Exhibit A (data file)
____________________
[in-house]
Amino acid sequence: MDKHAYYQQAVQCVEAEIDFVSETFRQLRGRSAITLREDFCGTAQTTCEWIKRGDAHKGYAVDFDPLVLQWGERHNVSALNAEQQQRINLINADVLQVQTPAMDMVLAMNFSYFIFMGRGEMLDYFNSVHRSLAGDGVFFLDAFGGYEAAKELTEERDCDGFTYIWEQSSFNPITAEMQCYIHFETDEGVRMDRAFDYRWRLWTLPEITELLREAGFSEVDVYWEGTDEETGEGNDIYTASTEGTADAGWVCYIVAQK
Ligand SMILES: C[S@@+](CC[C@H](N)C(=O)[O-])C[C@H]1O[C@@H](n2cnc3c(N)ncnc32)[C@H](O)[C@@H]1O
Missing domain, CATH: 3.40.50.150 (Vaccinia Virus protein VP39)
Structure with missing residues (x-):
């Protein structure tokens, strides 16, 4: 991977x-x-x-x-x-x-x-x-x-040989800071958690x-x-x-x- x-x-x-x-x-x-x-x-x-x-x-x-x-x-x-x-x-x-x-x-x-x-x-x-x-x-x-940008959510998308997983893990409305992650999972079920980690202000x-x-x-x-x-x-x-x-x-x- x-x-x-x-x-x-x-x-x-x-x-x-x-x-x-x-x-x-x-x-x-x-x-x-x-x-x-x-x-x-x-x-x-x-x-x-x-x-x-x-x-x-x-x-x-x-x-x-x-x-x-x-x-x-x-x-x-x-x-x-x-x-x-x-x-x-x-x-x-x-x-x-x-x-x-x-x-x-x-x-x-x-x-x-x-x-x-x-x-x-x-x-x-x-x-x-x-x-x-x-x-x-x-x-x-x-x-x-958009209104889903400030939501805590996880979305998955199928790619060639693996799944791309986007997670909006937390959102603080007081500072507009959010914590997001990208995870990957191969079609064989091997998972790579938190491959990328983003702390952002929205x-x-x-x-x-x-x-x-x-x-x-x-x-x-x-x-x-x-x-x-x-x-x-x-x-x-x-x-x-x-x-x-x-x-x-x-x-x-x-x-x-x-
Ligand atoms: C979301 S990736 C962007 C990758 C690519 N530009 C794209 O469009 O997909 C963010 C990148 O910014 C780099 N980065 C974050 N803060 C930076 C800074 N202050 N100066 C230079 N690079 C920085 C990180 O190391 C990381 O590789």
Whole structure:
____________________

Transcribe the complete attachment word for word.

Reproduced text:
[in-house]
Amino acid sequence: MDKHAYYQQAVQCVEAEIDFVSETFRQLRGRSAITLREDFCGTAQTTCEWIKRGDAHKGYAVDFDPLVLQWGERHNVSALNAEQQQRINLINADVLQVQTPAMDMVLAMNFSYFIFMGRGEMLDYFNSVHRSLAGDGVFFLDAFGGYEAAKELTEERDCDGFTYIWEQSSFNPITAEMQCYIHFETDEGVRMDRAFDYRWRLWTLPEITELLREAGFSEVDVYWEGTDEETGEGNDIYTASTEGTADAGWVCYIVAQK
Ligand SMILES: C[S@@+](CC[C@H](N)C(=O)[O-])C[C@H]1O[C@@H](n2cnc3c(N)ncnc32)[C@H](O)[C@@H]1O
Missing domain, CATH: 3.40.50.150 (Vaccinia Virus protein VP39)
Structure with missing residues (x-):
């Protein structure tokens, strides 16, 4: 991977x-x-x-x-x-x-x-x-x-040989800071958690x-x-x-x- x-x-x-x-x-x-x-x-x-x-x-x-x-x-x-x-x-x-x-x-x-x-x-x-x-x-x-940008959510998308997983893990409305992650999972079920980690202000x-x-x-x-x-x-x-x-x-x- x-x-x-x-x-x-x-x-x-x-x-x-x-x-x-x-x-x-x-x-x-x-x-x-x-x-x-x-x-x-x-x-x-x-x-x-x-x-x-x-x-x-x-x-x-x-x-x-x-x-x-x-x-x-x-x-x-x-x-x-x-x-x-x-x-x-x-x-x-x-x-x-x-x-x-x-x-x-x-x-x-x-x-x-x-x-x-x-x-x-x-x-x-x-x-x-x-x-x-x-x-x-x-x-x-x-x-x-958009209104889903400030939501805590996880979305998955199928790619060639693996799944791309986007997670909006937390959102603080007081500072507009959010914590997001990208995870990957191969079609064989091997998972790579938190491959990328983003702390952002929205x-x-x-x-x-x-x-x-x-x-x-x-x-x-x-x-x-x-x-x-x-x-x-x-x-x-x-x-x-x-x-x-x-x-x-x-x-x-x-x-x-x-
Ligand atoms: C979301 S990736 C962007 C990758 C690519 N530009 C794209 O469009 O997909 C963010 C990148 O910014 C780099 N980065 C974050 N803060 C930076 C800074 N202050 N100066 C230079 N690079 C920085 C990180 O190391 C990381 O590789």
Whole structure: